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Let's say I'm playing a dice game with a friend. We each get two dice, and we roll all of our dice at the same time. You get one point for each 6 you have. First to score at least three points wins. If both of us get to 3 (or more) points on the same trial, it is a tie.

  1. What is the probability that I win? lose? tie?
  2. What is the expected number of rolls required for either of us to win?
  3. If I replace one of my dice with an unfair dice which rolls 6 2/6 times, how does that affect the above answers?

More info: I'm actually trying to design a slot game (5 reels). If a particular symbol appears on reels 1 or 2, the player gets a point, if the symbol appears on reels 4 or 5 the computer gets a point. First to three points wins. In order to balance the payout of the machine, I need to know the number of trials expected before the game ends, and how often the player wins vs the computer wins or ties.

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    $\begingroup$ For 1. by symmetry you know that the probability that you lose is the same as the probability that you win. What's left to figure out is the probability that you tie. If $p_t$ is the probability of a tie, then the probability that you win is $\frac{1}{2}(1-p_t)$. $\endgroup$ – TravisJ Jun 22 '15 at 19:56
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This is an example of an absorbing Markov chain, where the states are Player 1 wins, Player 2 wins, tie, and then any combination of Player 1 having 0/1/2 points and Player 2 having 0/1/2 points. We can construct a Markov matrix where the jth entry in ith row is the probability of going from state i to state j after one two-die roll by both players. We can determine these probabilities pretty easily, since the player scores are independent of each other - e.g. the probability of going from P1 having 1 point and P2 having 0 points to P1 having 2 points and P2 having 2 points is simply the product of the probabilities of P1 getting 1 point and P2 getting 2 points.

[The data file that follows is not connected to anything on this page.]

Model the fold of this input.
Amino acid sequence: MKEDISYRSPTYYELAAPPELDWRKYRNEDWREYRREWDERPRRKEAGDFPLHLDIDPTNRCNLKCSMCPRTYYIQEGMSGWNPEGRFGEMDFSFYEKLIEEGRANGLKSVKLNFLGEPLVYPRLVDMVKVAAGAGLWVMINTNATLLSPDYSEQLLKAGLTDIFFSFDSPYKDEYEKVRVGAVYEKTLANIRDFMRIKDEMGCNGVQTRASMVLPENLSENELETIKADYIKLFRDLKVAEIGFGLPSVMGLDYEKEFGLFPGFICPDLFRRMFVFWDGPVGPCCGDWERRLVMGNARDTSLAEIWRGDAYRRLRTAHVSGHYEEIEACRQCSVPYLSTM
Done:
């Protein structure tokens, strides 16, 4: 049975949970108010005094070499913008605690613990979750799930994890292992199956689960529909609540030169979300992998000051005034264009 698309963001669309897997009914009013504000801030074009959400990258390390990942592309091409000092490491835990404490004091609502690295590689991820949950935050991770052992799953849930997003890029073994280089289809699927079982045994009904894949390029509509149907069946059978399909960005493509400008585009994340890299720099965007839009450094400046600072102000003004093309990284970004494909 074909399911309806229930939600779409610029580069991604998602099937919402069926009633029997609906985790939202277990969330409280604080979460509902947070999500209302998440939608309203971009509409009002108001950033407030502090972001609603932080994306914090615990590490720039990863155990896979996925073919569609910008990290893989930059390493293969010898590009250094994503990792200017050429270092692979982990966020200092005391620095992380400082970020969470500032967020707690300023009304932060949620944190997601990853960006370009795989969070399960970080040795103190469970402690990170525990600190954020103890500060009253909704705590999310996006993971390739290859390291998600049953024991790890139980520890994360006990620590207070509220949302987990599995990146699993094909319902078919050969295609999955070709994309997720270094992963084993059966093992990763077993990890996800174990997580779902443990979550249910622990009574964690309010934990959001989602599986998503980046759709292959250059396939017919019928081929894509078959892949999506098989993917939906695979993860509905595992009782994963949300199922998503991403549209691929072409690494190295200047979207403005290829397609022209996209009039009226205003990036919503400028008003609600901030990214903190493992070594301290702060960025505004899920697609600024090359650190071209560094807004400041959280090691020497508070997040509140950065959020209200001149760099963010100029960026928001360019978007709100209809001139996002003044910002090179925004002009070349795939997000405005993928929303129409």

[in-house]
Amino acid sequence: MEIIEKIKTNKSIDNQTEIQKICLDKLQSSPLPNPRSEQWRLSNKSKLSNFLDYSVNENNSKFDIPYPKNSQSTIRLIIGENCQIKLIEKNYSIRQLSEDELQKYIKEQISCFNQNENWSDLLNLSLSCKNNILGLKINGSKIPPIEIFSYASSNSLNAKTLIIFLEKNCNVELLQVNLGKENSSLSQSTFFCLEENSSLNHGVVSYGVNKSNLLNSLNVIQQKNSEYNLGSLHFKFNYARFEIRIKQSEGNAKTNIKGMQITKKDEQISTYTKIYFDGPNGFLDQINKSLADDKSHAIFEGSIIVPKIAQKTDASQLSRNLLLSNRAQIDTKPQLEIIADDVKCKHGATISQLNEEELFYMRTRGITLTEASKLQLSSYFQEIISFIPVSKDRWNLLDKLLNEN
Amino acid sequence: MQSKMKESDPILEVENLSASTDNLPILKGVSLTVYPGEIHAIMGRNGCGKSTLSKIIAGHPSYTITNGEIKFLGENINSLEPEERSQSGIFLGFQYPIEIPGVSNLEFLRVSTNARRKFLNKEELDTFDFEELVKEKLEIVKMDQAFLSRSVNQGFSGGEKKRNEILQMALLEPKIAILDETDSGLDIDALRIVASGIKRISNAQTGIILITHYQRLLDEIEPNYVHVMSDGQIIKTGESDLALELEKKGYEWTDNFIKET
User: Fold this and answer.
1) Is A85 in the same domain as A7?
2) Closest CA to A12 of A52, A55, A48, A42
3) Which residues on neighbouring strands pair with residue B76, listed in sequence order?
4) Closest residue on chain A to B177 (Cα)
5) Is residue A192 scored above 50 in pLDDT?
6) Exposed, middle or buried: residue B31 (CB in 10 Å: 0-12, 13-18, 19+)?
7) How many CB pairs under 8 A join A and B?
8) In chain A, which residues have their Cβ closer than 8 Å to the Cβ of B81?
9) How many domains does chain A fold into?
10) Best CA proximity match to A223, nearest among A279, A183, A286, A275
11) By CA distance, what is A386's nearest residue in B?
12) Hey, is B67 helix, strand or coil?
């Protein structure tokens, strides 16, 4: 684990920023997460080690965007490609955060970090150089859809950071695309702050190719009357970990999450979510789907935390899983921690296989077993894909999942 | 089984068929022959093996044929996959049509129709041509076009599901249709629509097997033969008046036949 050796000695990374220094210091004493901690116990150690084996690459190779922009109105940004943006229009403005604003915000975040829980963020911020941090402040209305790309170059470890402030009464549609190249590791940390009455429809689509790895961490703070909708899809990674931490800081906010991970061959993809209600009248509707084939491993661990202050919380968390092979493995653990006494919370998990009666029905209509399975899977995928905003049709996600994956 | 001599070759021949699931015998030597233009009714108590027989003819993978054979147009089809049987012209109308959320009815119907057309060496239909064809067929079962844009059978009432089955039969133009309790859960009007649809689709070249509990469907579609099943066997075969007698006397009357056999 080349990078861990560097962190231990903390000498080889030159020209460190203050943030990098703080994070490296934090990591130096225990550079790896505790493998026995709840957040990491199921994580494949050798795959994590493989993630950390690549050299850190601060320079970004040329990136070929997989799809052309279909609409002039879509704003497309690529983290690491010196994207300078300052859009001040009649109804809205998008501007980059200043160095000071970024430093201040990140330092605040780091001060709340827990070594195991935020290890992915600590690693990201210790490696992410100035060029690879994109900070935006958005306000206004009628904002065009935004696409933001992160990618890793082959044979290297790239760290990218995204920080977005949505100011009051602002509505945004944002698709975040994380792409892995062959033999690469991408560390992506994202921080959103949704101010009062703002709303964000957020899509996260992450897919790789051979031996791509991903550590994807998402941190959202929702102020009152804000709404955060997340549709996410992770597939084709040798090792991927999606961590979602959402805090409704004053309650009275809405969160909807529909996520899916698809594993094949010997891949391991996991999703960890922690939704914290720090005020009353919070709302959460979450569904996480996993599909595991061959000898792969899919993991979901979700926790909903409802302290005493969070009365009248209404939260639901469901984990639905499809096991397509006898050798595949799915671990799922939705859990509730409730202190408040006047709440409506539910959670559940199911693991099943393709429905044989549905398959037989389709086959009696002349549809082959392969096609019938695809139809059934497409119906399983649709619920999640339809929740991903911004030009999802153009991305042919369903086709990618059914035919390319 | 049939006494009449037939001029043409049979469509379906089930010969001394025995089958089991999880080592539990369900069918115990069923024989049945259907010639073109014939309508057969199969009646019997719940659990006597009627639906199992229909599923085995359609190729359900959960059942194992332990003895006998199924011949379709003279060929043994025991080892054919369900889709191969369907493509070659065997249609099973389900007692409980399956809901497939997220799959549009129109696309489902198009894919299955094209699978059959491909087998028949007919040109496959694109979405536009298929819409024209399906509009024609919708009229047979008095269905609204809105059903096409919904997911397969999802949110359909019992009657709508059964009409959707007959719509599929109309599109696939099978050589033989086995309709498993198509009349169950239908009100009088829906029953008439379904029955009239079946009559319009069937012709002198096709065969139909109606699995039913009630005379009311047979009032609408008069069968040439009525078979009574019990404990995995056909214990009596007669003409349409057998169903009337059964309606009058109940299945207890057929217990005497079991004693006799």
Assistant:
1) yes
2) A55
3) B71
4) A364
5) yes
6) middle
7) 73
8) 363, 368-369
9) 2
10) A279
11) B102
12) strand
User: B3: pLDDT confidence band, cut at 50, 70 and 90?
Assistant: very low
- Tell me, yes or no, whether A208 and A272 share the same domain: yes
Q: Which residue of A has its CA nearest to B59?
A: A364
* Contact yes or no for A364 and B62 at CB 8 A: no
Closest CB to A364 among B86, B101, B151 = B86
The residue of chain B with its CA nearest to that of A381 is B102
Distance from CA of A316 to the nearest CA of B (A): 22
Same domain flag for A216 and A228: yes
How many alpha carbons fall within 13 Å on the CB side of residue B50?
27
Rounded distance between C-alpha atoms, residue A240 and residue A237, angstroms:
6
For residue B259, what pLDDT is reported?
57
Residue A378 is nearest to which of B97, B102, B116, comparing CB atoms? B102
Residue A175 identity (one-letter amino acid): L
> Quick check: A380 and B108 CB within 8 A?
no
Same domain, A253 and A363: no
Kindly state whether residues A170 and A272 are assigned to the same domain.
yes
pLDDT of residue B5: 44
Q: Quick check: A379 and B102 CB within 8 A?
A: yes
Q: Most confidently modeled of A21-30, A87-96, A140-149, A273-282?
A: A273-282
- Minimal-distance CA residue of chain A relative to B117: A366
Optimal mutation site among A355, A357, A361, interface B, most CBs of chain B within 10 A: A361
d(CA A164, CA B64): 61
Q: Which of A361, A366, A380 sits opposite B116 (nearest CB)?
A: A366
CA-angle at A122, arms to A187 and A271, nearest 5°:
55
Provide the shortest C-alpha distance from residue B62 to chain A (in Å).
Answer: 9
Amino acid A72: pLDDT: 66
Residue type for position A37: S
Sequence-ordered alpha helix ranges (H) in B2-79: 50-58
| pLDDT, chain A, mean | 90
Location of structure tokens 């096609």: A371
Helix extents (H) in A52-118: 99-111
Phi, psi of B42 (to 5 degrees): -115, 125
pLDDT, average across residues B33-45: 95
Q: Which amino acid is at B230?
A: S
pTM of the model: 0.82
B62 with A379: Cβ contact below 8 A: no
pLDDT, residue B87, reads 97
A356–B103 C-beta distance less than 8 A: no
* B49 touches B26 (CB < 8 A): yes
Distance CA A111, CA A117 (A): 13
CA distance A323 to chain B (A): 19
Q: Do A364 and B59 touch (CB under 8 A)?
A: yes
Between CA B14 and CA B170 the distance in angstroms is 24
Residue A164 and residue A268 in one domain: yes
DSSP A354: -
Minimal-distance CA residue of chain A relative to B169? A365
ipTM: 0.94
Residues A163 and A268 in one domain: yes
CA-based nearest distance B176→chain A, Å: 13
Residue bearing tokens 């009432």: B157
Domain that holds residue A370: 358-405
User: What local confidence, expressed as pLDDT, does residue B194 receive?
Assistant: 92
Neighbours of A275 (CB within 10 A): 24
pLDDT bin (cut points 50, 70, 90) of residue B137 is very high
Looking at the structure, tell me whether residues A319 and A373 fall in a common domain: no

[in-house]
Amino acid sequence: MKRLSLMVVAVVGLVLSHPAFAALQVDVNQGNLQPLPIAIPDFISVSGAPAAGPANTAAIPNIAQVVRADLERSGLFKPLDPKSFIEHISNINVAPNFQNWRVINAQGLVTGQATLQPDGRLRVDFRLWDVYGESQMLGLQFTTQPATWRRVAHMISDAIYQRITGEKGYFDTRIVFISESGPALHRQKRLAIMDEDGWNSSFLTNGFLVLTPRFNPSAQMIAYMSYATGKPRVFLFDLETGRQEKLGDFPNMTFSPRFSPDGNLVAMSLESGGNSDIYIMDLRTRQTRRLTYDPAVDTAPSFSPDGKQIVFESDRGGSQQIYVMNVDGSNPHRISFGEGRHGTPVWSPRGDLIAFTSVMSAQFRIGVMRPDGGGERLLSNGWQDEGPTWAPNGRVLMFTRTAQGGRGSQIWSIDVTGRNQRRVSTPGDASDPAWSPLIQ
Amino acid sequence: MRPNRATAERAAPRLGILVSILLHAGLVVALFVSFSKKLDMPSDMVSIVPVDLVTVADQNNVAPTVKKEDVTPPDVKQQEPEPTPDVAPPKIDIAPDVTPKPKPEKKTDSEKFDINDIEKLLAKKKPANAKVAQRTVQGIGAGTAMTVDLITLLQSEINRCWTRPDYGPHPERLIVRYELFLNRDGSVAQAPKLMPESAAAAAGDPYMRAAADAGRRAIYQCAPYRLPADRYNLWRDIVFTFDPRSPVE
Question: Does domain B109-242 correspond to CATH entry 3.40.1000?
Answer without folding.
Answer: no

Once we have the matrix, we can apply the formulas for Markov matrices to answer your questions - by raising the Markov matrix to an infinite power (or approximating the result of this by raising it to a high power) we obtain a matrix which gives us the expected distributions of the final state given a starting state, and we can also obtain the expected number of steps needed to reach an absorbing state (in this case, either player reaching 3 points) from a starting state by summing the state's corresponding row of the fundamental matrix. The exact formulas can be found on the wiki pages for Markov chains and absorbing Markov chains.

Here's a download link to the Excel sheet I used to actually runs these calculations - if you change the value in Q1 to the probability of rolling a 6 on any one die in this example, it will generate for you the probabilities of either player winning or a tie, as well as the expected number of rolls needed to end the game. For p = 1/6, either player has a 46.6% chance of winning, and there is a ~6.8% chance of a tie, and games on average will take ~6.69 rolls. For p = 1/3 the probability of a win is ~42.4%, of a tie is ~15.2%, and the expected number of rolls is ~3.61.

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  • $\begingroup$ Amazing. Thank you. I actually understand most of this answer (which surprises me). This excel sheet is super useful. I've replaced the probabilities based on the reel distributions for my slot machine and it seems to be working. $\endgroup$ – Miguel Maglutac Jun 23 '15 at 16:08

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